Henry Smith, the charismatic CEO of East London developer Aitch Group, is in a combative mood on the day DealMakerz talked to him.
The 56-year-old is genuinely worried about the housing market in London and by default his house building firm, which he founded in 1995 and remains in private ownership.
He’s done well by any measure. The Aitch Group has so far built some 2,500 homes mainly in East London, and turns over approximately £150 million a year.
It is currently busy building in Hackney Wick on the site of a former bagel factory a development which reflects its two key markets. The site, which is due for completion in the Autumn, will include 181 apartments as well as 70,000 sq ft of commercial space within its three buildings.
Aitch is a rigidly local builder and has concentrated all its efforts to date in East London including two of its best-known developments, The Textile Building In Hackney and LivE2 in Haggerston.
The Aitch Group is not your average house builder. The company has Henry’s personality stamped all over it including an eye for design that can be seen at many of its 120-plus completed developments, and it works hard at being part of the local community. This summer that included establishing his own, privately-funded campaign to reduce local knife crime, the The Wickers Charity.
“I’m an East London boy and I’m a great believer in putting things back into the local community and not just taking and it’s something that I enjoy doing.”
But Aitch also ‘does development the hard way’ as Henry put it, buying up brownfield land and old buildings without planning permission and starting from scratch.
The long-standing planning conundrum of low speed and high expense for developers can only be solved once the decisions are taken out of the hands of local people and taken instead by dispassionate professionals, says Henry.
So what’s eating Henry today? His main concern is the alarming decline in the buy-to-let market which he says has seen demand for his apartments drop by 85% among investors since the government’s tax and regulatory assault on landlords began two years ago.
“This market has all but collapsed for us and is hanging on by its nails,” he says. “In previous developments approximately half the apartments within them would be bought by investors, but not any longer.”
Henry also wonders aloud if the squeeze on overseas investors is a good thing, and doesn’t understand where the additional rental properties needed in London are going to come from, now that many property investors are staying away.
“I think we’ve bashed them over the head a bit too much,” he says.
Henry claims his company is now heavily dependent on first time buyers purchasing via Help to Buy and that between 50% and 70% of his sales come via this route.
Help to Buy is also creating odd pricing bands. Any developer, like Aitch, which has product selling for approximately £600,000 is still enjoying strong Help to Buy generated sales.
But above that there’s an obvious ‘no-man’s land’ between £600,000 and £700,000, the upper limit of the scheme.
“To accommodate this market developers have to reduce their units to around £620,000 or £630,000 so there’s clear light between £600,000 and £700,000,” he says.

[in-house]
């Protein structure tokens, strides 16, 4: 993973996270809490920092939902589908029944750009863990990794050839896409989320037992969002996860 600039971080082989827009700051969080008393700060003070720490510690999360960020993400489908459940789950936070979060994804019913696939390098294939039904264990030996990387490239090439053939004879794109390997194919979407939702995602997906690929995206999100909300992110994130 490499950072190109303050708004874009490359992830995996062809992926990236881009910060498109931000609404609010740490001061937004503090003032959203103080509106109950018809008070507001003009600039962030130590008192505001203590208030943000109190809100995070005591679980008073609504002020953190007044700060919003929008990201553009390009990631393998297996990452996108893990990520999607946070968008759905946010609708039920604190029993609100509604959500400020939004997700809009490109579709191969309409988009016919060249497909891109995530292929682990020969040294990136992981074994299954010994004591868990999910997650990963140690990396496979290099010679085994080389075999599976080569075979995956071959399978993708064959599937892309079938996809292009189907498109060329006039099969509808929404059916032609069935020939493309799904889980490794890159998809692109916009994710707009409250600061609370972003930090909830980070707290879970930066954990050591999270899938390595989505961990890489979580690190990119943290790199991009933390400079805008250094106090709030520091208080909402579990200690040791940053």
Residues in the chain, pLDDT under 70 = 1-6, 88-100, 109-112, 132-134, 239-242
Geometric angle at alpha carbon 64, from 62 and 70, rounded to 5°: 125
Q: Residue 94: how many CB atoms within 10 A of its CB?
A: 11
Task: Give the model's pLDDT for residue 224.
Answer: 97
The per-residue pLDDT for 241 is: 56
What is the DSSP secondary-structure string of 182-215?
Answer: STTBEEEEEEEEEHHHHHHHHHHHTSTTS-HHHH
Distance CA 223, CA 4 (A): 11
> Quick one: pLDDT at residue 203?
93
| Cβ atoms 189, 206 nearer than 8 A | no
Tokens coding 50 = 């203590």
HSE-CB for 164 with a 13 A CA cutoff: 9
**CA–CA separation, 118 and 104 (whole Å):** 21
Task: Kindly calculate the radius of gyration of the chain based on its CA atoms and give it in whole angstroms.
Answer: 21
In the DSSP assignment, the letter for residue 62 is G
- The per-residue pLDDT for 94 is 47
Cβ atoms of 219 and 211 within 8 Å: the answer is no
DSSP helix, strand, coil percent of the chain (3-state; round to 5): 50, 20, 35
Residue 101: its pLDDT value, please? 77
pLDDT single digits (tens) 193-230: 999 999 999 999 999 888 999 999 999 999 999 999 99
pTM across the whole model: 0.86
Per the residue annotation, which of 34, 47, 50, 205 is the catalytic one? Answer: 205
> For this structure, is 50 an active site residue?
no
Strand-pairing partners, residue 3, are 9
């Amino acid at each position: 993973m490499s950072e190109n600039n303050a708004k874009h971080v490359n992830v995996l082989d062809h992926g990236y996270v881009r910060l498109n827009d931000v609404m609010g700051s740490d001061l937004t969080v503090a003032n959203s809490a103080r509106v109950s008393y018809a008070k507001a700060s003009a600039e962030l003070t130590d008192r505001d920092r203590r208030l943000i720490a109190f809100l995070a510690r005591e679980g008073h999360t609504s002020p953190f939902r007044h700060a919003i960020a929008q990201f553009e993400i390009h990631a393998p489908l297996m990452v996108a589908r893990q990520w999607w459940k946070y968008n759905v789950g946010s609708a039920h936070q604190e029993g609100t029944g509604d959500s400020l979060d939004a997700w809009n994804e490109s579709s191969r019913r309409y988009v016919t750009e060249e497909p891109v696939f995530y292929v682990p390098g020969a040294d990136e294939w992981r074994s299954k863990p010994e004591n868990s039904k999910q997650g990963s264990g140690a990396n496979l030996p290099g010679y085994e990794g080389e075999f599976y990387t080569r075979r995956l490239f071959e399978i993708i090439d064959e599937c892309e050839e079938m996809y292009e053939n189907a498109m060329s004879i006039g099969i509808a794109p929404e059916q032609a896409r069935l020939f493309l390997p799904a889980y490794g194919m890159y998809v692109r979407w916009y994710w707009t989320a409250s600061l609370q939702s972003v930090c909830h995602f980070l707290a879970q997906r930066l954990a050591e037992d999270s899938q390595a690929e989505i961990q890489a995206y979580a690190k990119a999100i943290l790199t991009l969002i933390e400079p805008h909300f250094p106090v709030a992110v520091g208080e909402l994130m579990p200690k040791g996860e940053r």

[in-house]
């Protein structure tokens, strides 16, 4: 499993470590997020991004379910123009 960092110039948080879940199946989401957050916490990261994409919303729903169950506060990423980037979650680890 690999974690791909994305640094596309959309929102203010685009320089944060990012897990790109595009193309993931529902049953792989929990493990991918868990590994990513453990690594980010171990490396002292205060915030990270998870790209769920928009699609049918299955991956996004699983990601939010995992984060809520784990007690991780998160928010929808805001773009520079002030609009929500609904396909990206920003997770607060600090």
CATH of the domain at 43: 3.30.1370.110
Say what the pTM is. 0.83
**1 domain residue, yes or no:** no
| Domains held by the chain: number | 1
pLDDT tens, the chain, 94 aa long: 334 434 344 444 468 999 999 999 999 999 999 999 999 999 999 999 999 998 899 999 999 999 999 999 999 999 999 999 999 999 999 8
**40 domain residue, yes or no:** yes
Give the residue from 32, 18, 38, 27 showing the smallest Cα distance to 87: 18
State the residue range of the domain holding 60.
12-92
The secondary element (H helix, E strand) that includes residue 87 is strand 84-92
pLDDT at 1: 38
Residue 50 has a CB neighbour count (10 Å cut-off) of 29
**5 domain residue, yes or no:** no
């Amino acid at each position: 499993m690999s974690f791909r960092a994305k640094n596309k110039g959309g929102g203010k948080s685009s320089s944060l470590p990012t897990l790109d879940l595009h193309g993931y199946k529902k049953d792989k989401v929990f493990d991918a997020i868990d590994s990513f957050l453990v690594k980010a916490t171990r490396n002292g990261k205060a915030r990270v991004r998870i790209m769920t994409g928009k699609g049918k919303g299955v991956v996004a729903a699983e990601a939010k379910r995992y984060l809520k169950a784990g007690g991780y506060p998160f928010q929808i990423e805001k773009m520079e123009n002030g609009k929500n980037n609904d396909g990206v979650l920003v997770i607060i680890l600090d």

“But it’s becoming more and more difficult to find sites where we can build enough homes to provide 35% social and make a profit from selling apartments at that price.”
Nevertheless, Henry says that if the government were to end Help to Buy, as it has threatened to in the past, then it would be a catastrophe and that, in London at least, the property market would ‘all but cease’ and there would be a lot of redundancies in the construction sector.
One worry that Henry says he doesn’t lose sleep over is accusations of land banking, a topic tackled by MP Oliver Letwin within his published review of new homes provision within the UK a few weeks ago.
“The way we operate and because we’re a London developer we don’t have the ability or the desire to land bank,” he says.
“I’ve never thought that the big house builders land banked – the process of gaining planning can take us up to six or even seven years to achieve and go to appeal two or three times, so the idea of keeping land back for later development; it just wouldn’t be possible for us.”
Henry says the long-standing planning conundrum of low speed and high expense for developers can only be solved once the decisions are taken out of the hands of local people and taken by dispassionate professionals.
It’s a view increasingly held in government – enabling local communities to turn down developments in their area is not going to deliver the additional homes the nation needs, it was hinted at recently.
“Put the decision in the hands of planners who will then decide if the proposed new housing meets the local plan; too often we face councillors who contradict the advice of their own planners in order not to offend local people who oppose more homes being built,” says Henry.
“The current process is preventing a lot of smaller developers from building because the costs of getting planning permission are too high.”
One other planning requirement that Aitch faces that annoys Henry is the need to include retail units within residential developments when there is no real demand for it locally.
“We have to build the units and then watch them as they stand vacant for years; life has evolved but the planning system hasn’t evolved with it,” he says.
“I believe in listening to people and finding out what they want within their communities, but I still think the planning process should be removed from the influence of ‘Nimby’ campaigners.”
With that Henry is off – he’s got 1,000 units in the pipeline and, it would, appear, a hard slog ahead of him to sell them.